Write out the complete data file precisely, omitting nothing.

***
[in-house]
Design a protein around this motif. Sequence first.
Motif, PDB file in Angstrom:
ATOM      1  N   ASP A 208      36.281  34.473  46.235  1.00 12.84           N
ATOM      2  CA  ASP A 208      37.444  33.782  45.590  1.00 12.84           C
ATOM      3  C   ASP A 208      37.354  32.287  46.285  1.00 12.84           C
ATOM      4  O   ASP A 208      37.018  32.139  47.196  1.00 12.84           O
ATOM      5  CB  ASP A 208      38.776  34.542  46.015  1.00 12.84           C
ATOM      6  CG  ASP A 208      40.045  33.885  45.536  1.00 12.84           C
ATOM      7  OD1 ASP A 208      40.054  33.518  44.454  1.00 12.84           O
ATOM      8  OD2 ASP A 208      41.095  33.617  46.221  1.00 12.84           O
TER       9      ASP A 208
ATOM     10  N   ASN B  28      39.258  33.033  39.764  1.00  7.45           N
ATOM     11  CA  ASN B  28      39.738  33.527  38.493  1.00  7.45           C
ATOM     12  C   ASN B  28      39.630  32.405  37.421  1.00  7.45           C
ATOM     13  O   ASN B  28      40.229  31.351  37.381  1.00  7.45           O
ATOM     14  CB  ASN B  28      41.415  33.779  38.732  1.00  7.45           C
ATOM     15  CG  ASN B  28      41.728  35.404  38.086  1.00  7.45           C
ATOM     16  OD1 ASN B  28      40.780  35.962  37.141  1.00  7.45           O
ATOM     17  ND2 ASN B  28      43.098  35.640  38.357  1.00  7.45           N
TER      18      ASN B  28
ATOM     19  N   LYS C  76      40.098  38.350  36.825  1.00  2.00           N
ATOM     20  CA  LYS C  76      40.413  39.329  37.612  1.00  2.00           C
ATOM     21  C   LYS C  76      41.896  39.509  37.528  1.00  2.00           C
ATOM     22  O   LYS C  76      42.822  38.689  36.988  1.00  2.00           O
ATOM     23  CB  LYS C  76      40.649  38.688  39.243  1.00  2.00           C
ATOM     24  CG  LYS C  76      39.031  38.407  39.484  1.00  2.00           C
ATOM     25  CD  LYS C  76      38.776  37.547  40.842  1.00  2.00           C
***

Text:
[in-house]
Design a protein around this motif. Sequence first.
Motif, PDB file in Angstrom:
ATOM      1  N   ASP A 208      36.281  34.473  46.235  1.00 12.84           N
ATOM      2  CA  ASP A 208      37.444  33.782  45.590  1.00 12.84           C
ATOM      3  C   ASP A 208      37.354  32.287  46.285  1.00 12.84           C
ATOM      4  O   ASP A 208      37.018  32.139  47.196  1.00 12.84           O
ATOM      5  CB  ASP A 208      38.776  34.542  46.015  1.00 12.84           C
ATOM      6  CG  ASP A 208      40.045  33.885  45.536  1.00 12.84           C
ATOM      7  OD1 ASP A 208      40.054  33.518  44.454  1.00 12.84           O
ATOM      8  OD2 ASP A 208      41.095  33.617  46.221  1.00 12.84           O
TER       9      ASP A 208
ATOM     10  N   ASN B  28      39.258  33.033  39.764  1.00  7.45           N
ATOM     11  CA  ASN B  28      39.738  33.527  38.493  1.00  7.45           C
ATOM     12  C   ASN B  28      39.630  32.405  37.421  1.00  7.45           C
ATOM     13  O   ASN B  28      40.229  31.351  37.381  1.00  7.45           O
ATOM     14  CB  ASN B  28      41.415  33.779  38.732  1.00  7.45           C
ATOM     15  CG  ASN B  28      41.728  35.404  38.086  1.00  7.45           C
ATOM     16  OD1 ASN B  28      40.780  35.962  37.141  1.00  7.45           O
ATOM     17  ND2 ASN B  28      43.098  35.640  38.357  1.00  7.45           N
TER      18      ASN B  28
ATOM     19  N   LYS C  76      40.098  38.350  36.825  1.00  2.00           N
ATOM     20  CA  LYS C  76      40.413  39.329  37.612  1.00  2.00           C
ATOM     21  C   LYS C  76      41.896  39.509  37.528  1.00  2.00           C
ATOM     22  O   LYS C  76      42.822  38.689  36.988  1.00  2.00           O
ATOM     23  CB  LYS C  76      40.649  38.688  39.243  1.00  2.00           C
ATOM     24  CG  LYS C  76      39.031  38.407  39.484  1.00  2.00           C
ATOM     25  CD  LYS C  76      38.776  37.547  40.842  1.00  2.00           C